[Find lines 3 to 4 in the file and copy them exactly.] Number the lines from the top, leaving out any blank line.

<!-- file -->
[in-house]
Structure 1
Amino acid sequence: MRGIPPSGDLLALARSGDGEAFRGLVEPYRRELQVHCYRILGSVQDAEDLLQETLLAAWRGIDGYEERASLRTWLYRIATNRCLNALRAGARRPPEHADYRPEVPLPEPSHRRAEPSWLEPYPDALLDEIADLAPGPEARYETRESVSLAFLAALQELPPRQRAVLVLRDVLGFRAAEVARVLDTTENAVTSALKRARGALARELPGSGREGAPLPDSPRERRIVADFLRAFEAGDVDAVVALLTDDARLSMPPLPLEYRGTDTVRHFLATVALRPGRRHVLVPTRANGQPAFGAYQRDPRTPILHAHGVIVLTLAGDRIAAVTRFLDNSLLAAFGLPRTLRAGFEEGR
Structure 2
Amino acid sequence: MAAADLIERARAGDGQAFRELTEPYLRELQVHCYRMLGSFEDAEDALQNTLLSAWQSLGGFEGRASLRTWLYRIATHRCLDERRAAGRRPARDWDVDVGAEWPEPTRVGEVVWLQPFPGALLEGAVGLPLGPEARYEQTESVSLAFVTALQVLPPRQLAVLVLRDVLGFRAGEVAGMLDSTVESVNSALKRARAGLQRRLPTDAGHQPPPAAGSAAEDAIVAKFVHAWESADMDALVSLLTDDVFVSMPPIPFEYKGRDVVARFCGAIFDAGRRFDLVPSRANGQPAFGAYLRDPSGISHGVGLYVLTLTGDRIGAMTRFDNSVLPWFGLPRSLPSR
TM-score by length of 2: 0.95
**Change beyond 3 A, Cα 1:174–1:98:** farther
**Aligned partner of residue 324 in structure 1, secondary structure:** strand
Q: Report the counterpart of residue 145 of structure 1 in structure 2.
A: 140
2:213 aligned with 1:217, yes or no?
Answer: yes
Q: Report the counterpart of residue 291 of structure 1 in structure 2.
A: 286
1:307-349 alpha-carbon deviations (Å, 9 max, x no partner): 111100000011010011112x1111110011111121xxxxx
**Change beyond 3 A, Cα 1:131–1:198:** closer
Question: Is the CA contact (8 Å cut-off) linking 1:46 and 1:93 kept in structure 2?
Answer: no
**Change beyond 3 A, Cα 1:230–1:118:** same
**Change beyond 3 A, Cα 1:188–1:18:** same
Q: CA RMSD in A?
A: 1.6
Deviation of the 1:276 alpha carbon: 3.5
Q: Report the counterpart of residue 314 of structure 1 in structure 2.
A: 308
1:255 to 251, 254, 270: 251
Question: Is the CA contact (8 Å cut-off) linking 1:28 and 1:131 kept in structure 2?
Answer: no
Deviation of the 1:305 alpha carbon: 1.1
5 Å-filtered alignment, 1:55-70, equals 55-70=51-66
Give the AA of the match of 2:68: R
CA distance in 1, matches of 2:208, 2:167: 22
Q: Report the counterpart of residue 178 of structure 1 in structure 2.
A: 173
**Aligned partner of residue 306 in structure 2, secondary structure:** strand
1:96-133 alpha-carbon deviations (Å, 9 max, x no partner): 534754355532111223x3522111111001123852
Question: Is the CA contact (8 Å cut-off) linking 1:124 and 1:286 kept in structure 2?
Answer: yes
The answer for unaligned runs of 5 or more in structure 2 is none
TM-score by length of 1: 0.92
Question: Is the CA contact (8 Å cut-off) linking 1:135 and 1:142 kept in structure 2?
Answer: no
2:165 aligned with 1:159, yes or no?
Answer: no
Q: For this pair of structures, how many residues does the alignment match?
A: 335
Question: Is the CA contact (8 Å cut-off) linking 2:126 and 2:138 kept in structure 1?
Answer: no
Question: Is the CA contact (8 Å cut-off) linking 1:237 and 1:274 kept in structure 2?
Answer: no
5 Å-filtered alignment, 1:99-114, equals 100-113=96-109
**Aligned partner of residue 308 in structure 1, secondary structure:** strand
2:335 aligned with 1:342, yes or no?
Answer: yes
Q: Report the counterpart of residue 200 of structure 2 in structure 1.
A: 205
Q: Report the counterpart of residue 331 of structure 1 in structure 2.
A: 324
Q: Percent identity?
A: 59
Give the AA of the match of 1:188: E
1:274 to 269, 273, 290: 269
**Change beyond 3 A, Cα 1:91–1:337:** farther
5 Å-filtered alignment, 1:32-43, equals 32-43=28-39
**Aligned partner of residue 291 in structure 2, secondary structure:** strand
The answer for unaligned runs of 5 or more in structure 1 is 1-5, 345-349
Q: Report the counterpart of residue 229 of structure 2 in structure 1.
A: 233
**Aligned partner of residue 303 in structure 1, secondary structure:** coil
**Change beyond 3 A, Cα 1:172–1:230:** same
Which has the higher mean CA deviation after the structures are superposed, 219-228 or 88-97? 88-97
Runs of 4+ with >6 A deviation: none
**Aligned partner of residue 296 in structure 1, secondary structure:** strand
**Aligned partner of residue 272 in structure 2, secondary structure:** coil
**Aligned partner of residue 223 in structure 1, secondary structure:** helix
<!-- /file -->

Amino acid sequence: MRGIPPSGDLLALARSGDGEAFRGLVEPYRRELQVHCYRILGSVQDAEDLLQETLLAAWRGIDGYEERASLRTWLYRIATNRCLNALRAGARRPPEHADYRPEVPLPEPSHRRAEPSWLEPYPDALLDEIADLAPGPEARYETRESVSLAFLAALQELPPRQRAVLVLRDVLGFRAAEVARVLDTTENAVTSALKRARGALARELPGSGREGAPLPDSPRERRIVADFLRAFEAGDVDAVVALLTDDARLSMPPLPLEYRGTDTVRHFLATVALRPGRRHVLVPTRANGQPAFGAYQRDPRTPILHAHGVIVLTLAGDRIAAVTRFLDNSLLAAFGLPRTLRAGFEEGR
Structure 2